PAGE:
Burden of hypertension and associated risk factors among the Nicobarese tribe of Car Nicobar Island, India


  • Kannan Thiruvengadam ICMR-Regional Medical Research Centre, Department of Health Research, Ministry of Health and Family Welfare, Port Blair, Andaman and Nicobar Islands, India https://orcid.org/0000-0002-3758-1094
  • Nagarajan Muruganandam ICMR-Regional Medical Research Centre, Department of Health Research, Ministry of Health and Family Welfare, Port Blair, Andaman and Nicobar Islands, India
  • Nimisha Sivanandan ICMR-Regional Medical Research Centre, Department of Health Research, Ministry of Health and Family Welfare, Port Blair, Andaman and Nicobar Islands, India
  • Rehnuma Parvez ICMR-Regional Medical Research Centre, Department of Health Research, Ministry of Health and Family Welfare, Port Blair, Andaman and Nicobar Islands, India




Tribal health, Hypertension, Nicobarese, Alcohol, Obesity, Overweight, Tobacco


Background: Hypertension, a significant risk factor for various non-communicable diseases, poses a preventable threat to mortality and disease burden. However, there remains a lack of data on hypertension within Indian tribes, particularly those residing in impoverished areas. Determining the prevalence of hypertension and identifying associated risk factors among the Nicobarese tribes. A cross-sectional survey was conducted, involving 2600 tribal individuals aged 18 years and above from ten randomly selected villages on Car Nicobar Island.

Methods: A structured questionnaire was utilized to gather data on blood pressure (BP), anthropometric measurements, and detailed participant characteristics. Prevalence of hypertension was determined and analyzed in relation to various identified risk factors using chi-square, Karl Pearson coefficient of correlation, and generalized linear models. Prevalence ratio and adjusted risk ratio calculated, along with their corresponding confidence intervals.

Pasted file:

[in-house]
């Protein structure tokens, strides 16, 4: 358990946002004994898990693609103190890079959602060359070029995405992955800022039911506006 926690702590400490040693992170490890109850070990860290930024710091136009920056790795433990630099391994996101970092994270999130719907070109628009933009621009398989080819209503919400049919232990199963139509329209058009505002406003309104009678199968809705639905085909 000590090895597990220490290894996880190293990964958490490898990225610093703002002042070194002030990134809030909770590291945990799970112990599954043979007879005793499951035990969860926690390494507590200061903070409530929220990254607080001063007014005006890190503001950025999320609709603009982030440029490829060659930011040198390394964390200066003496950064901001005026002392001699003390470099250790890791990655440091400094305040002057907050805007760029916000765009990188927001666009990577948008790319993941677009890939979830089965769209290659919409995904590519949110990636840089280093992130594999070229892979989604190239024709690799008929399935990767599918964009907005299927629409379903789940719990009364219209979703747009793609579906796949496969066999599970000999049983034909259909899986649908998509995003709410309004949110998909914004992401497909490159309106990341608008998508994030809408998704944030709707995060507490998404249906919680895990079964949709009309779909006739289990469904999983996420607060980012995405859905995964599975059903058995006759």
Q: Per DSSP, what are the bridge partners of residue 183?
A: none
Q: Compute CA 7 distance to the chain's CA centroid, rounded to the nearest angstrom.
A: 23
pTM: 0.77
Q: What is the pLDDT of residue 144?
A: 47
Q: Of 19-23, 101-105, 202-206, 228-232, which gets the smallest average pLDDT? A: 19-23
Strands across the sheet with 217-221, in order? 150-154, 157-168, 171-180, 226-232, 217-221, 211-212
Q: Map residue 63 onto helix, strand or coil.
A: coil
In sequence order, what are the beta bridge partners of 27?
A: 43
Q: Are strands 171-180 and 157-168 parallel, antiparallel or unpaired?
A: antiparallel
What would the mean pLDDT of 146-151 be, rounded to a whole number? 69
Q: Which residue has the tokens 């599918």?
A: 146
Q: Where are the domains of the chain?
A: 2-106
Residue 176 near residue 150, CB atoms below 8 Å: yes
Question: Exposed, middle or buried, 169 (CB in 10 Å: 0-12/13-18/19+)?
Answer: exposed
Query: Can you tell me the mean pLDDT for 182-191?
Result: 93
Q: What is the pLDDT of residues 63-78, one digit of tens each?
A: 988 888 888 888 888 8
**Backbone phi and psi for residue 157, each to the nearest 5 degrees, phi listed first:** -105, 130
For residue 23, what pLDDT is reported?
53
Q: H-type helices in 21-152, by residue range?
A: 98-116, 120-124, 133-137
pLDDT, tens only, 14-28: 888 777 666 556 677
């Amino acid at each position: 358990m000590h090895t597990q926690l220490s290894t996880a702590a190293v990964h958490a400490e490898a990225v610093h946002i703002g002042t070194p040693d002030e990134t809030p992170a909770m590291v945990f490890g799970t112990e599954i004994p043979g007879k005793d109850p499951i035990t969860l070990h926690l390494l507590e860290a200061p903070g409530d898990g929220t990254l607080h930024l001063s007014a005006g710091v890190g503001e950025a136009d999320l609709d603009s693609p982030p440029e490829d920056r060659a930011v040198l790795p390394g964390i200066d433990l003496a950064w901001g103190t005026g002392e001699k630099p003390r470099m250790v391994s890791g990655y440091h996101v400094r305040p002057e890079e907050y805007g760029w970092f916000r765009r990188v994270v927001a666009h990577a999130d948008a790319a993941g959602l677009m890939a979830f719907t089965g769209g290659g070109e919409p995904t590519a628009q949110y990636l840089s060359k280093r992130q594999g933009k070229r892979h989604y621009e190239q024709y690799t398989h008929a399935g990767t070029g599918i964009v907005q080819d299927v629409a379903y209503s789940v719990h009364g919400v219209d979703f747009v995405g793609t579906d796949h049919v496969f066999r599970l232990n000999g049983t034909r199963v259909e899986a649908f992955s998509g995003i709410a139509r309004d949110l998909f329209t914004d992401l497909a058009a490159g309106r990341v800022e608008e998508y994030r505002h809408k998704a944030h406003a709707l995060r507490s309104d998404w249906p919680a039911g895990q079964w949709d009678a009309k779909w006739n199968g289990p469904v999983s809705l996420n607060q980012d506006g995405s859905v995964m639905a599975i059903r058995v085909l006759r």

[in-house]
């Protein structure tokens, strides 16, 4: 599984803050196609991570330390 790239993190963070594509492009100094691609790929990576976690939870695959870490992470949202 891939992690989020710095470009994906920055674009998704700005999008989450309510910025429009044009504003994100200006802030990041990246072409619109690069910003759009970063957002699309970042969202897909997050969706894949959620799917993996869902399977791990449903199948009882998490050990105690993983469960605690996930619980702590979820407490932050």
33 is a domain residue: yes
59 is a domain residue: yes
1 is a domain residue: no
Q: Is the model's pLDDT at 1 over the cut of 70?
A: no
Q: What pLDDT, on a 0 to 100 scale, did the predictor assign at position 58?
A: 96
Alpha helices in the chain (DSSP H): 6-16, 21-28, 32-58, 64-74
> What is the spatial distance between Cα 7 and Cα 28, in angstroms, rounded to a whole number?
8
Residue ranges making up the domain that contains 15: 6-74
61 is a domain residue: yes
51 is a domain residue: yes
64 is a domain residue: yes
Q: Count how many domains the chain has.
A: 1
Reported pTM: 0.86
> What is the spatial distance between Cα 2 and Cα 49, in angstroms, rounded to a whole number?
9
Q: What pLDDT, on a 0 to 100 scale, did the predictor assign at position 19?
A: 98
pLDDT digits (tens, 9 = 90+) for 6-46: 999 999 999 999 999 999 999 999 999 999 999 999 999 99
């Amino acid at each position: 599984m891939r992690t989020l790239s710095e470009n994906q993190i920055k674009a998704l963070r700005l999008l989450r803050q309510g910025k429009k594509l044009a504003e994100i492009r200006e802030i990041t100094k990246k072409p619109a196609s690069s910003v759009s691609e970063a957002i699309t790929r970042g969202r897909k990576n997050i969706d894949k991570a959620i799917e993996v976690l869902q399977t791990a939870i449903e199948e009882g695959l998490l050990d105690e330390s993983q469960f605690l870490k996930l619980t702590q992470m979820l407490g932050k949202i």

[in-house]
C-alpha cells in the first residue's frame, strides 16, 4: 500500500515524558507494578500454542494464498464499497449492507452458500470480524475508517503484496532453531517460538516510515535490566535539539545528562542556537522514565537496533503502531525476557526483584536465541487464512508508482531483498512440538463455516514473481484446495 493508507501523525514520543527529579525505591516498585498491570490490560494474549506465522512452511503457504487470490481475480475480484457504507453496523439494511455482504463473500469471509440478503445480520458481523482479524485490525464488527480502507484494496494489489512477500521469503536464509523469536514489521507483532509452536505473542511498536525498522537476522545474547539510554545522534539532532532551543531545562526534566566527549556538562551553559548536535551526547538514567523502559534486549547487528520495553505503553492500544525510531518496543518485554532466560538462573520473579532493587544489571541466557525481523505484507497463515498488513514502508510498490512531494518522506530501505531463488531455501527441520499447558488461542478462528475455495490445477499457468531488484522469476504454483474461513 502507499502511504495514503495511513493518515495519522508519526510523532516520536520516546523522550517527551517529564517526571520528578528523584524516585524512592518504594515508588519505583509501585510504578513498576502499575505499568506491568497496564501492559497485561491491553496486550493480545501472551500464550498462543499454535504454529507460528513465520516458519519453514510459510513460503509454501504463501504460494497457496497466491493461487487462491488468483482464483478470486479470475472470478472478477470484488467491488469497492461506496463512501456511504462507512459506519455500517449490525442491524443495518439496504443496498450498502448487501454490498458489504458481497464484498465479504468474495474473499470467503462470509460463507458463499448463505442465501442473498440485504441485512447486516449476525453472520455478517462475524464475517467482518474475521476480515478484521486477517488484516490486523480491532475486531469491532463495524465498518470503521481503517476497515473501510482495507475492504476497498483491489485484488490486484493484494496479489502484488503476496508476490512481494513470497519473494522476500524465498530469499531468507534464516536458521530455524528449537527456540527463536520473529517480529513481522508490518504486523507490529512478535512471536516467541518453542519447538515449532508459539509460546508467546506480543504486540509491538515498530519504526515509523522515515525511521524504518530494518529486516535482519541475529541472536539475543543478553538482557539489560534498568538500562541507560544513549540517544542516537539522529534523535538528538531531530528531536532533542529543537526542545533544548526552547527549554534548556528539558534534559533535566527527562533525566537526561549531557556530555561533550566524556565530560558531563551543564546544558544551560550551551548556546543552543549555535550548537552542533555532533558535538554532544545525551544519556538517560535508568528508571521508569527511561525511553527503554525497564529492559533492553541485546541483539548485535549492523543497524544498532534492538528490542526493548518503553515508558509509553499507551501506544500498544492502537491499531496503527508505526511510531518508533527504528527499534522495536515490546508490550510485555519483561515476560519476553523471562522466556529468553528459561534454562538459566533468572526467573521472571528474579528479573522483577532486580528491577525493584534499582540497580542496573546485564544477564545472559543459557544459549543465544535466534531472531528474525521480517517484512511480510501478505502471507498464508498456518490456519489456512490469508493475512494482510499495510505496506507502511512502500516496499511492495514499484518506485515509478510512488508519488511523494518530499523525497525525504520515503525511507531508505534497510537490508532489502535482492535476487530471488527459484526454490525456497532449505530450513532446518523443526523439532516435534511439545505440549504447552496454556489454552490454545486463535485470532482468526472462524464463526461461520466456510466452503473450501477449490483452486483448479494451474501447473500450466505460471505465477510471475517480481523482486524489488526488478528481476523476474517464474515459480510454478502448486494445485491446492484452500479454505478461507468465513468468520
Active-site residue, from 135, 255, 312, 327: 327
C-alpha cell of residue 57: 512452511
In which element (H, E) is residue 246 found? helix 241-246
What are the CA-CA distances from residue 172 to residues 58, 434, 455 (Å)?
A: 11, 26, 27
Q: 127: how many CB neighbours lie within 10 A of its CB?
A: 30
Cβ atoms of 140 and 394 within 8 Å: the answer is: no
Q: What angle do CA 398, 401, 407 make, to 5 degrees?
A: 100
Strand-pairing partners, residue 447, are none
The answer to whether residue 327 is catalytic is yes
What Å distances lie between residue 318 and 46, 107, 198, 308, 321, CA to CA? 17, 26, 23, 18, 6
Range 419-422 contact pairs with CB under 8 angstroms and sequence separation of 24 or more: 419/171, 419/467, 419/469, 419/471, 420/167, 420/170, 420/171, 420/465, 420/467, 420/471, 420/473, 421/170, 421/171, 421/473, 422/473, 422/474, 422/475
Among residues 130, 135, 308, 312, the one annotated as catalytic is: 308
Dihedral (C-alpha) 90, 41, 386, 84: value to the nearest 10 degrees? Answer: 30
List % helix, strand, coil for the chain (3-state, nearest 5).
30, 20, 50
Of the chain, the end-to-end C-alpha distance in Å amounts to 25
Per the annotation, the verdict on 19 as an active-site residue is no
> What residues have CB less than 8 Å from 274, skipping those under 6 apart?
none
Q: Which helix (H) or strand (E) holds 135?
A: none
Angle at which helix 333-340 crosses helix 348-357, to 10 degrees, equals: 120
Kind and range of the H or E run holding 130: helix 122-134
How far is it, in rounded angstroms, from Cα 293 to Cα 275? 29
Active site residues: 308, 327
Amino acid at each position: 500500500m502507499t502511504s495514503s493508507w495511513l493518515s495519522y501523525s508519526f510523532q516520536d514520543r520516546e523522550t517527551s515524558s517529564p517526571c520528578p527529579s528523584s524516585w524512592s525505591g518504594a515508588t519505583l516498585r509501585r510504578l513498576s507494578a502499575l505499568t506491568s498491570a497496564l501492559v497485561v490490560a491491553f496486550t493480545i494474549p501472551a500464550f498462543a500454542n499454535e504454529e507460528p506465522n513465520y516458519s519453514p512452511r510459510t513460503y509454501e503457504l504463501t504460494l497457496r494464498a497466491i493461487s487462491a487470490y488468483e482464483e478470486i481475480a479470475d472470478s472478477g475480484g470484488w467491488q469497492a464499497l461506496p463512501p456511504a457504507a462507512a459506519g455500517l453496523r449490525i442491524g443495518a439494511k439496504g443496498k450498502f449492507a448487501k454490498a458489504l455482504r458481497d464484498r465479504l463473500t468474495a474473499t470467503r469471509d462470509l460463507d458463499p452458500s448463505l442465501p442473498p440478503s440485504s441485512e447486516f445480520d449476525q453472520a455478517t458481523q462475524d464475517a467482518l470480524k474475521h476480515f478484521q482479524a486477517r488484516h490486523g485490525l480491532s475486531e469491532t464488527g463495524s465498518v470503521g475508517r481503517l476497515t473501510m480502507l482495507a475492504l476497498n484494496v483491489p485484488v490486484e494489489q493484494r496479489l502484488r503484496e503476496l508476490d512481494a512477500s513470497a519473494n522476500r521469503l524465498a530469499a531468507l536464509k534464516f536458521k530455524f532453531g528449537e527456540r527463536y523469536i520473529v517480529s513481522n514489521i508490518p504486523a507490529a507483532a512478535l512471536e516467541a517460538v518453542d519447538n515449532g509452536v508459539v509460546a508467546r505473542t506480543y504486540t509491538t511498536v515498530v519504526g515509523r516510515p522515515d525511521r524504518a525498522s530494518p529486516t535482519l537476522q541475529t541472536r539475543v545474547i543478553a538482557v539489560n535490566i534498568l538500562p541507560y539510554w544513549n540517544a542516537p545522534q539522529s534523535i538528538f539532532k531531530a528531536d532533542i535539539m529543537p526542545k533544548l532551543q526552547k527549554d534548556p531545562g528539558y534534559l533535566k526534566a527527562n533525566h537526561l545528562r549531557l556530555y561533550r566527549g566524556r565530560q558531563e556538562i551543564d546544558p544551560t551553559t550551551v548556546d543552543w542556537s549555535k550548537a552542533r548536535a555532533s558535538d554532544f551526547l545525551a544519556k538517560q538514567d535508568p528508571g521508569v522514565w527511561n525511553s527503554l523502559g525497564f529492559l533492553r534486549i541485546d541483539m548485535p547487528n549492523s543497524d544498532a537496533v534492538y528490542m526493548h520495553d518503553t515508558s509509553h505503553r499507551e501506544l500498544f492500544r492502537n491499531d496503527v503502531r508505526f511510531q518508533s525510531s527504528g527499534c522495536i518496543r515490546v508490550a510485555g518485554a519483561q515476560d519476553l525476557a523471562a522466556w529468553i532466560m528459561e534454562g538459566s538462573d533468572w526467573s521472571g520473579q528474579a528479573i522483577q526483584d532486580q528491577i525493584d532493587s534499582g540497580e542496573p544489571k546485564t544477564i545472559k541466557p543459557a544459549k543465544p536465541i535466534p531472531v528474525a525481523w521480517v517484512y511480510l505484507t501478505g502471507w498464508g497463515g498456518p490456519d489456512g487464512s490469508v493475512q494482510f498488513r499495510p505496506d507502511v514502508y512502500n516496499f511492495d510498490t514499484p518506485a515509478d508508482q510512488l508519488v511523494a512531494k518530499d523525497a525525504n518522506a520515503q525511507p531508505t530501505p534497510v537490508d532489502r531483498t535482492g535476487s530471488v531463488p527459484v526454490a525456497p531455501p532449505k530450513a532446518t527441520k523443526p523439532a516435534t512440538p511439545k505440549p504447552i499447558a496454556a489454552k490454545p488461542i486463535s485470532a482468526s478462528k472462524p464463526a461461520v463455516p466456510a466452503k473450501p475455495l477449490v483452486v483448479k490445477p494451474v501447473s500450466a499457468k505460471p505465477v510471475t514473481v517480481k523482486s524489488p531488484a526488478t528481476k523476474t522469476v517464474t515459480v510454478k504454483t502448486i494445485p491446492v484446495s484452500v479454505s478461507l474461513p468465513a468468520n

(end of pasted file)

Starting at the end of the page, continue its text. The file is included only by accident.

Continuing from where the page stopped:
Results: Prevalence of hypertension was 57.9%. Several factors, including age, male gender, illiteracy, diabetes, smoking, alcohol consumption, and higher body mass index (BMI), were significantly associated with hypertension. Systolic and diastolic BP levels increased significantly with age, socio-economic scores, BMI, and weight.

Conclusions: The prevalence of hypertension among the Nicobarese tribes is significantly higher compared to the general population. Adapting preventive strategies based on an understanding of the tribe's specific culture and lifestyle is important for controlling hypertension. However, it is also crucial to consider genetic and environmental influences that may contribute to the high prevalence of hypertension in this tribe.


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How to Cite

Thiruvengadam, K., Muruganandam, N., Sivanandan, N., & Parvez, R. (2024). Burden of hypertension and associated risk factors among the Nicobarese tribe of Car Nicobar Island, India. International Journal Of Community Medicine And Public Health, 11(5), 1999–2008. https://doi.org/10.18203/2394-6040.ijcmph20241200



Original Research Articles